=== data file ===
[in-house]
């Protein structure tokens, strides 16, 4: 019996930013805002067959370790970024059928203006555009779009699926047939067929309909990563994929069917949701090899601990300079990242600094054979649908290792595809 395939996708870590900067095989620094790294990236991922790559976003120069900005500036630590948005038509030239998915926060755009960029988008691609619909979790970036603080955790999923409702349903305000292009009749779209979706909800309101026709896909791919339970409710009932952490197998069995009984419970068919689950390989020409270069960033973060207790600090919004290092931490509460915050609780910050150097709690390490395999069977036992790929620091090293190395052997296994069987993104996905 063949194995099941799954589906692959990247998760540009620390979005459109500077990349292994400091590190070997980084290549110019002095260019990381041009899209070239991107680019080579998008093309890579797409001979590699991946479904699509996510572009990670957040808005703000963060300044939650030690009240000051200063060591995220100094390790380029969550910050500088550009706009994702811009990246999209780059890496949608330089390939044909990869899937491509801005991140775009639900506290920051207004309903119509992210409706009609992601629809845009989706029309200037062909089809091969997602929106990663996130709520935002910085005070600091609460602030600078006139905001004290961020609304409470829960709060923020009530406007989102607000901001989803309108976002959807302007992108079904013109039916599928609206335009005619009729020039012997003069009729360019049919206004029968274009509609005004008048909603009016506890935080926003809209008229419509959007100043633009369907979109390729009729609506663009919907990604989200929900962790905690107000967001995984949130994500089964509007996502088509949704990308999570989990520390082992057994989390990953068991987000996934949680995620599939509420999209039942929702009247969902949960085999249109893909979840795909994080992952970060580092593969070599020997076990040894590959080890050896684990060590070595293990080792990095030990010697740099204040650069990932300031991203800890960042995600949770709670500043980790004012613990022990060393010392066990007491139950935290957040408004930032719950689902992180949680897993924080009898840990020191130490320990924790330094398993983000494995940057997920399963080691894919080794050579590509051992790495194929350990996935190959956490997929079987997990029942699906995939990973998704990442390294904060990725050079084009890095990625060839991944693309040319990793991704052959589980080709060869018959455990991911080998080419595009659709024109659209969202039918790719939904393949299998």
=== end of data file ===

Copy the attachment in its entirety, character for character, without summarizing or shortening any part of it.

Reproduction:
[in-house]
């Protein structure tokens, strides 16, 4: 019996930013805002067959370790970024059928203006555009779009699926047939067929309909990563994929069917949701090899601990300079990242600094054979649908290792595809 395939996708870590900067095989620094790294990236991922790559976003120069900005500036630590948005038509030239998915926060755009960029988008691609619909979790970036603080955790999923409702349903305000292009009749779209979706909800309101026709896909791919339970409710009932952490197998069995009984419970068919689950390989020409270069960033973060207790600090919004290092931490509460915050609780910050150097709690390490395999069977036992790929620091090293190395052997296994069987993104996905 063949194995099941799954589906692959990247998760540009620390979005459109500077990349292994400091590190070997980084290549110019002095260019990381041009899209070239991107680019080579998008093309890579797409001979590699991946479904699509996510572009990670957040808005703000963060300044939650030690009240000051200063060591995220100094390790380029969550910050500088550009706009994702811009990246999209780059890496949608330089390939044909990869899937491509801005991140775009639900506290920051207004309903119509992210409706009609992601629809845009989706029309200037062909089809091969997602929106990663996130709520935002910085005070600091609460602030600078006139905001004290961020609304409470829960709060923020009530406007989102607000901001989803309108976002959807302007992108079904013109039916599928609206335009005619009729020039012997003069009729360019049919206004029968274009509609005004008048909603009016506890935080926003809209008229419509959007100043633009369907979109390729009729609506663009919907990604989200929900962790905690107000967001995984949130994500089964509007996502088509949704990308999570989990520390082992057994989390990953068991987000996934949680995620599939509420999209039942929702009247969902949960085999249109893909979840795909994080992952970060580092593969070599020997076990040894590959080890050896684990060590070595293990080792990095030990010697740099204040650069990932300031991203800890960042995600949770709670500043980790004012613990022990060393010392066990007491139950935290957040408004930032719950689902992180949680897993924080009898840990020191130490320990924790330094398993983000494995940057997920399963080691894919080794050579590509051992790495194929350990996935190959956490997929079987997990029942699906995939990973998704990442390294904060990725050079084009890095990625060839991944693309040319990793991704052959589980080709060869018959455990991911080998080419595009659709024109659209969202039918790719939904393949299998």